My eleven year old son has quite the love for foreign languages. Since we hosted an exchange student from France, he has been studying French informally, using various online videos and podcasts. He even started a notebook of his own with the words he knows but I know from my own experience studying languages, that at some point we need to formalize our learning. There is so much more than just memorizing words and having a proper pronunciation (as important as those things are).




In the last few years we have got through quite a bit of materials because of his interest in languages. We have studied Spanish, German, Chinese, Japanese and a bit of Hebrew, some Latin and Greek…I was wary to invest in more materials for him while at the same time eager to encourage this interest of his. So when I happened to see that Classical Academic Press (whose materials I really do love!) had a program,  French for ChildrenI had to learn more.  Perhaps this would be “just right” for him.




Their motto is “Classical Subjects Creatively Taught,” which is something that really strikes me because, that is how I want to see learning happening. There is such power in learning that is engaging, and encourages creativity.  This kind of learning is what inspires and makes kids into lovers of lifelong learning too. And I want to see that as much as possible with my children.



The complete program of French for Children Primer A includes the following:


French for Children Primer AFrench for Children Answer KeyFrench for Children DVD




Classical Academic Press was so very generous in giving me a copy of this curriculum for review purposes, and so I here I am, sharing our experience with you!  French for Children, Primer A is recommended for grades 4 and up. There are 17 Chapters and they offer a variety of weekly schedules to help you complete this program in half a year or an academic year (thirty weeks).  We appreciated having these to use as guides as we study.  Especially since we tend to be so relaxed in our schooling; without incentive we can sometimes park on a topic for weeks! And while I love to encourage that too, there is great value in learning how to complete things in a timely fashion!




French for Children has a very immersion style feel to the program! They use lots of dialogue, translation, vocabulary, dictation, grammar, and there are quizzes too. We used this quite a bit since my oldest son really needs this kind of thing to reinforce what he is learning. Plus it encouraged him to start his own little “Book of French Vocabulary” to track his learning for himself. He even began to record himself “teaching other kids French” as he learns. Now they may seem impossible, too much – but it really isn’t at all. This is all presented in such a way that it really is quite enjoyable!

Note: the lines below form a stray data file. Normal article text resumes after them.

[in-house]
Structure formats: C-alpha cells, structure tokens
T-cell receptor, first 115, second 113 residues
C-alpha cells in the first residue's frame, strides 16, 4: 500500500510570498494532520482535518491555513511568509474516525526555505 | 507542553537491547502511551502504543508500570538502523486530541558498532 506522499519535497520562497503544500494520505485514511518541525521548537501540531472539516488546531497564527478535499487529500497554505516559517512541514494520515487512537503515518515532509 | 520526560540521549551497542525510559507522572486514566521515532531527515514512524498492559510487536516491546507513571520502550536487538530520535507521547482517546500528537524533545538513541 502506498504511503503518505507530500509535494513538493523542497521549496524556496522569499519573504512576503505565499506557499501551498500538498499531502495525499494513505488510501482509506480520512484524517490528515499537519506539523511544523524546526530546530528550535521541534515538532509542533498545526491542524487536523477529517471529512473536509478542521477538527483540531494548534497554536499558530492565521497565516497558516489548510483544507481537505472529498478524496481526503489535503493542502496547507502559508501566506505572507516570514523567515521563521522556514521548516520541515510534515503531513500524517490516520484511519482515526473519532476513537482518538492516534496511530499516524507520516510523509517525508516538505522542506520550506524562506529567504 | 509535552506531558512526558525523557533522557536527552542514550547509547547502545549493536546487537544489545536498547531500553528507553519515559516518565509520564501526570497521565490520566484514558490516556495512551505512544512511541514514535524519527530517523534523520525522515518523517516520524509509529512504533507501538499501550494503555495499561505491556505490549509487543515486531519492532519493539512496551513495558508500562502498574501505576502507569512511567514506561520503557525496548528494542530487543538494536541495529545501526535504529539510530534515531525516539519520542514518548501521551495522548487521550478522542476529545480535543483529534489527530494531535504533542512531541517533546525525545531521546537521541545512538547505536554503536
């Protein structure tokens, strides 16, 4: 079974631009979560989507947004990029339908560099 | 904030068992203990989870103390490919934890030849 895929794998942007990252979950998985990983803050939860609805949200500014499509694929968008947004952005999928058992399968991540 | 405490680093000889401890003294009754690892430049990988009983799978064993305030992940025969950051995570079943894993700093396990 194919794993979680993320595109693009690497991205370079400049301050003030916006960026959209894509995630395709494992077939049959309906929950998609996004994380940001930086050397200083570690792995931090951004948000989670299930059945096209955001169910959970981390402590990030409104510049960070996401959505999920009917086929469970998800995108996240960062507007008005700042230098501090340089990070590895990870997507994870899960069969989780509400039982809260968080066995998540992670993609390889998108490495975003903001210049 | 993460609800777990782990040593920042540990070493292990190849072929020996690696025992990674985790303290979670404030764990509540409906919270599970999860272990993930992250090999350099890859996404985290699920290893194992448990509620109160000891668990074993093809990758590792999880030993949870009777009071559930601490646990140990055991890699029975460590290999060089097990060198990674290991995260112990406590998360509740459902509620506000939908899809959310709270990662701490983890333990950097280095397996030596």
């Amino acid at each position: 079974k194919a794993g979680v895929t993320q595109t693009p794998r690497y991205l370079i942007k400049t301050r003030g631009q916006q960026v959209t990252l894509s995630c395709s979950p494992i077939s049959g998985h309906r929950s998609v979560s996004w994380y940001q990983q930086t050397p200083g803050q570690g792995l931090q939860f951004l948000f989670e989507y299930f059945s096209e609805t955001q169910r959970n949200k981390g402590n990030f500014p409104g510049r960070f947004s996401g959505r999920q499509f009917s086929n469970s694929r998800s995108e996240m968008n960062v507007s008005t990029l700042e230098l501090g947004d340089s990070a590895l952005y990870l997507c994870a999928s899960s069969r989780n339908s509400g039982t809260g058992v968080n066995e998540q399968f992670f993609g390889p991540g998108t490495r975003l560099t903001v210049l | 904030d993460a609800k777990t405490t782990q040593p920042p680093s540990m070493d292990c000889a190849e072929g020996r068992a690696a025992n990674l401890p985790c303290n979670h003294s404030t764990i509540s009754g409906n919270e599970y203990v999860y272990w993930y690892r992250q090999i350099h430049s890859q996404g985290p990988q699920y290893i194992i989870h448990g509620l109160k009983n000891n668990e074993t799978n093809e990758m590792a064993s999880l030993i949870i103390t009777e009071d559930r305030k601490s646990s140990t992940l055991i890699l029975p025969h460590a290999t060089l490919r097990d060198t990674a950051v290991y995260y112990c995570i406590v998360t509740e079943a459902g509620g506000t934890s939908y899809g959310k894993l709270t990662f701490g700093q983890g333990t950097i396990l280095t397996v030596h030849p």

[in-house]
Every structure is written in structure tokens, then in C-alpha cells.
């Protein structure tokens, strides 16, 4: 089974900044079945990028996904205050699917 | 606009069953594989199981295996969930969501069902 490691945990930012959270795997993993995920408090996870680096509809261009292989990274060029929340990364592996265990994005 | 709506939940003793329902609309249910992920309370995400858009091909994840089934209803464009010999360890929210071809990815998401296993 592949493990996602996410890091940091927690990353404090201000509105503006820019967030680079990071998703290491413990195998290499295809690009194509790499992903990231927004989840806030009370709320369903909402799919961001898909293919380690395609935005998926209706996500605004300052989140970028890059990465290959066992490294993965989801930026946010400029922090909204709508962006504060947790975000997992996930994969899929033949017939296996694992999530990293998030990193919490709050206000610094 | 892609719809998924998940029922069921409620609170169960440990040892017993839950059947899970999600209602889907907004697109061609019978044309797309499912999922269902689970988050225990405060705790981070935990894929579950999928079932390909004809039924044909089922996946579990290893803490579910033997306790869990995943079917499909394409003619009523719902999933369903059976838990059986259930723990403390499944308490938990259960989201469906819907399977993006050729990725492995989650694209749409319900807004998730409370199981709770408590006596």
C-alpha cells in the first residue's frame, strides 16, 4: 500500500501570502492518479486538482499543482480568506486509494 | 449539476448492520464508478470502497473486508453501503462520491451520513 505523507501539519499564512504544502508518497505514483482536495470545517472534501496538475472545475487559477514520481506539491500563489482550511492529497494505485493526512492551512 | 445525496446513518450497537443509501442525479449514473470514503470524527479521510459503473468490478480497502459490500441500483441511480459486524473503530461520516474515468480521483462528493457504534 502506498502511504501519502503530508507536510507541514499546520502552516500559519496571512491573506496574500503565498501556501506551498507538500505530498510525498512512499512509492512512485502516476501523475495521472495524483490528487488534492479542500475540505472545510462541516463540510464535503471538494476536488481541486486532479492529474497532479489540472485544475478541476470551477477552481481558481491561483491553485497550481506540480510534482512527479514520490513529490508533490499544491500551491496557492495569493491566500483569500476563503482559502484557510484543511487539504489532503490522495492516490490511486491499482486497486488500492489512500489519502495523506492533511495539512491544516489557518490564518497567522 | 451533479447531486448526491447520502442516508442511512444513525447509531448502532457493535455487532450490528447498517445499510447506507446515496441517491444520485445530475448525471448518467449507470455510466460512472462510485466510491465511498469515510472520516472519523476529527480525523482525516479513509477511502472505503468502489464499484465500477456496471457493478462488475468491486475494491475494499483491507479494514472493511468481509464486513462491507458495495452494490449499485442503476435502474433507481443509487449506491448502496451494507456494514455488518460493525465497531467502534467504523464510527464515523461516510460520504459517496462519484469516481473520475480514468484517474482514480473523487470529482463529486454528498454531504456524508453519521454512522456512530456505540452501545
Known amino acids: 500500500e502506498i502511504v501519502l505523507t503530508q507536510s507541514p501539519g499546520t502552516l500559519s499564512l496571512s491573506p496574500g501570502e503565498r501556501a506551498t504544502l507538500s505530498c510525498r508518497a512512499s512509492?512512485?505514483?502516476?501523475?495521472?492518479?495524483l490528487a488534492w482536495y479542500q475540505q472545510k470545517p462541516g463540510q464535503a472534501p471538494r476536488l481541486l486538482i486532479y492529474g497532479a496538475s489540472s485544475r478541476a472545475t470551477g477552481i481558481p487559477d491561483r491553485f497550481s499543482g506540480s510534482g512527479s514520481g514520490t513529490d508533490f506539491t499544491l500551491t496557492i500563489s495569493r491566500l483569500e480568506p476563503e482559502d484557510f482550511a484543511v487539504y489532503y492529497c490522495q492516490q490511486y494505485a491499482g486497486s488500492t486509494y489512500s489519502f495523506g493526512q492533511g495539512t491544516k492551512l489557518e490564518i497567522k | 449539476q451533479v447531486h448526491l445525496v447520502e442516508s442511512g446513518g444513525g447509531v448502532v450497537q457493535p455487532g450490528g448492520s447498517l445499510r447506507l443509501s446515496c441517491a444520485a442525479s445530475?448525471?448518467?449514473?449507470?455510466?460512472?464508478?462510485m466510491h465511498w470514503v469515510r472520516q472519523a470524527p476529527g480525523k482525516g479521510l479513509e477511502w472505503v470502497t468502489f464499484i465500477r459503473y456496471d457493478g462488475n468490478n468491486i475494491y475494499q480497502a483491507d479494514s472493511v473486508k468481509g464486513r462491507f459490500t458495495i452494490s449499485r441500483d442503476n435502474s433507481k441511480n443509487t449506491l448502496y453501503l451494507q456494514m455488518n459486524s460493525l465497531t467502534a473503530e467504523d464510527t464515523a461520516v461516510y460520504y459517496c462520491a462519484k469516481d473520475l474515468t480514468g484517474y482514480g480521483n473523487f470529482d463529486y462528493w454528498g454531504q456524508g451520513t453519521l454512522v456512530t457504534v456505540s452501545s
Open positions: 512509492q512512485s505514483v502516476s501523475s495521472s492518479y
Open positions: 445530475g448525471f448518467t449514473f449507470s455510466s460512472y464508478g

French for Children Primer: Chant and Audio Files contains all of the pronunciations as well as dialogues, grammar chart chants, complete vocabulary, conversation journal words and phrases, Say It Aloud exercises, dicteés, and lots more! These files are great to load onto an mp3 for listening to or even as we are in the car, for some of our longer drives. (And right now we do have a few of those!)  This was an especially great resource for my son!


This is a very involved and very thorough course. I admit when I saw everything that this was made up of, I was a bit concerned that my son was going to be in over his head.  I admit, I was not sure this would inspire my son to continue learning. I will say, I was thrilled to find my son eagerly completing lessons and watching the videos each day. Often I would even find him repeating lessons previously completed; again the fact that he chose to complete lessons repeatedly even, its a huge compliment to this program.  In a season in which he has really been struggling with a desire to learn those beautiful and good things, seeing this light a love within him, it warms this momma’s heart.



We jumped right in when this arrived. And we learned after the fact that it really is important to watch the first DVD before beginning. This will give you a better understanding of this course while helping you to understand the structure of the lessons and explaining all of the different aspects that are a part of it this program.


We really are enjoying our use of this program, there are just so many wonderful things about it. The level of immersion that is used within the program; the depth and yet the simplicity and fun that is had in the learning process too….It’s refreshing to see children having so much fun learning.